We are so pleased to hear that children are to be protected from doctrinaire attitudes. I trust that the Leader of the House will communicate that fact to the Secretary of State for Education.
There are many amendments, a great many of which emanate from the Government side of the House, to the Police Bill. Does the right hon. Gentleman agree that if we go rather late in our consideration of the Bill tonight, there is no need to continue and to drive the House into the ground and that further time may have to be provided?
Further to the point raised by my hon. Friend the Member for Wycombe (Sir J. Hall), it seems wrong that Government statements should be repeatedly taking time out of an Opposition day. I take the point made by the Leader of the House about the circumstances yesterday, but on Tuesday there were two routine statements which could well have been answered by a Written Reply without eating into the time of the House.
Are we making progress on the question of the composition of Select Committees? There may have been discussions. If so, I hope that they will prove fruitful and that before we rise the right hon. Gentleman will be able to make a statement to the House.
§ Mr. Foot
I very much hope that we shall make further progress on the question of the composition of Select Committees. We are having further discussions, and I, too, hope that they will prove fruitful. If agreement is reached about how we should proceed, I shall make a statement to the House. I fully appreciate the right hon. Gentleman's concern.
However, I do not think that his remarks about Government statements were justified. especially when he said that the statements on Tuesday were of a secondary character and need not have been made on the Floor of the House. One of the statements was about the asbestos inquiry—a matter on which great concern has been expressed in many parts of the House. If we had made that statement in a Written Reply, as the right hon. Gentleman has suggested, I am sure that he would have been the first to leap to 1721 the Dispatch Box to criticise us for making that decision.
I recognise that there are difficulties about the Police Bill, but we believe that they should be overcome in today's proceedings. We want to proceed with the Bill in the way I described last week. I know that there are some problems, but we shall do our best to overcome them.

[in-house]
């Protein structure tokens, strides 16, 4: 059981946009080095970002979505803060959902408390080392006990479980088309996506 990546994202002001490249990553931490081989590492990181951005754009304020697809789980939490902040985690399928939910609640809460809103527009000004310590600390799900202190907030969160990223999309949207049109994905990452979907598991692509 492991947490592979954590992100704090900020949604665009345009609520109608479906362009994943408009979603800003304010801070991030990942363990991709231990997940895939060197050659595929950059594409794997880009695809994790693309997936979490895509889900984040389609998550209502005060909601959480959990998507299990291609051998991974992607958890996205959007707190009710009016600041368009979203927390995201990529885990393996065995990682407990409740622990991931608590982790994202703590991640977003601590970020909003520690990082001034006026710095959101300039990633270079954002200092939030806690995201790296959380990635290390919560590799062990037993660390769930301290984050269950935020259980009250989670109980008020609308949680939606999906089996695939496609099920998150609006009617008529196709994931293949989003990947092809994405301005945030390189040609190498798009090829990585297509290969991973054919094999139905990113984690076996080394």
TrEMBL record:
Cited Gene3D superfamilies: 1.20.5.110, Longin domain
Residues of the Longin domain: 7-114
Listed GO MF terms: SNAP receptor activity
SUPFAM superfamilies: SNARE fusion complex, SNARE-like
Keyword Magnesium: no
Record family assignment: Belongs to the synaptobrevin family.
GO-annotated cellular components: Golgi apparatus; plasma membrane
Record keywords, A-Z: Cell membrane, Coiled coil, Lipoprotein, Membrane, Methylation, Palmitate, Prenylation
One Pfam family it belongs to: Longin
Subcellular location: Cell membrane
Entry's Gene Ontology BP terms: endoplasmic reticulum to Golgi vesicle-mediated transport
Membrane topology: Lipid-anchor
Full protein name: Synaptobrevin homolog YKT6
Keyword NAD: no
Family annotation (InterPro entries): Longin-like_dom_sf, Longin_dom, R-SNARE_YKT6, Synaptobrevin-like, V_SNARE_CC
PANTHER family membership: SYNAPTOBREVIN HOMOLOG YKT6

§ Mr. Wigley
May we have an early debate after the recess on the Layfield Committee Report? Can the right hon. Gentleman assure us that the Government will publish a White Paper as quickly as possible in view of the uncertainty created by the report, particularly in the farming community?
§ Mr. Foot
I cannot promise an early debate. As my right hon. Friend the Secretary of State for the Environment made clear, there are a number of formidable documents associated with the report and the House and the country should have an opportunity to discuss the whole background, including these documents, before we have a debate. Of course, the report must be debated at some stage.
§ Mr. James Johnson
An important meeting is taking place in Oslo at this moment between NATO Ministers. Will my right hon. Friend guarantee that a statement will be made to the House on Monday, particularly as the Foreign Secretary has been talking to the Icelandic Foreign Minister, Einarr Augusstson, and possibly other Ministers, about the cod war?
§ Sir David Renton
As I was one of the many hon. Members on this side of the House whose names were erroneously added to Early-Day Motion No. 389, may I ask whether, in order to ease the burden on the Table Office, our names will be withdrawn from that motion and added to the amendment without all of us having to go along to the Vote Office to ask that this should be done?
§ Mr. Molyneaux
On what day does the Leader of the House expect to move the motion for the Adjournment for the recess?
§ Mr. Heffer
Will my right hon. Friend give consideration to debating EEC regulations and orders at a more reasonable hour, as there is growing suspicion —with both the Front Benches being in favour of Britain's entry—that these debates are coming on late so that the number of hon. Members in the House will dwindle and these matters can go through without proper parliamentary scrutiny? Would he consider this matter and, if necessary, bring forward a number of orders on one day, or make some other arrangement through the usual channels, so that hon. Members may discuss and, if necessary, vote on these vital questions?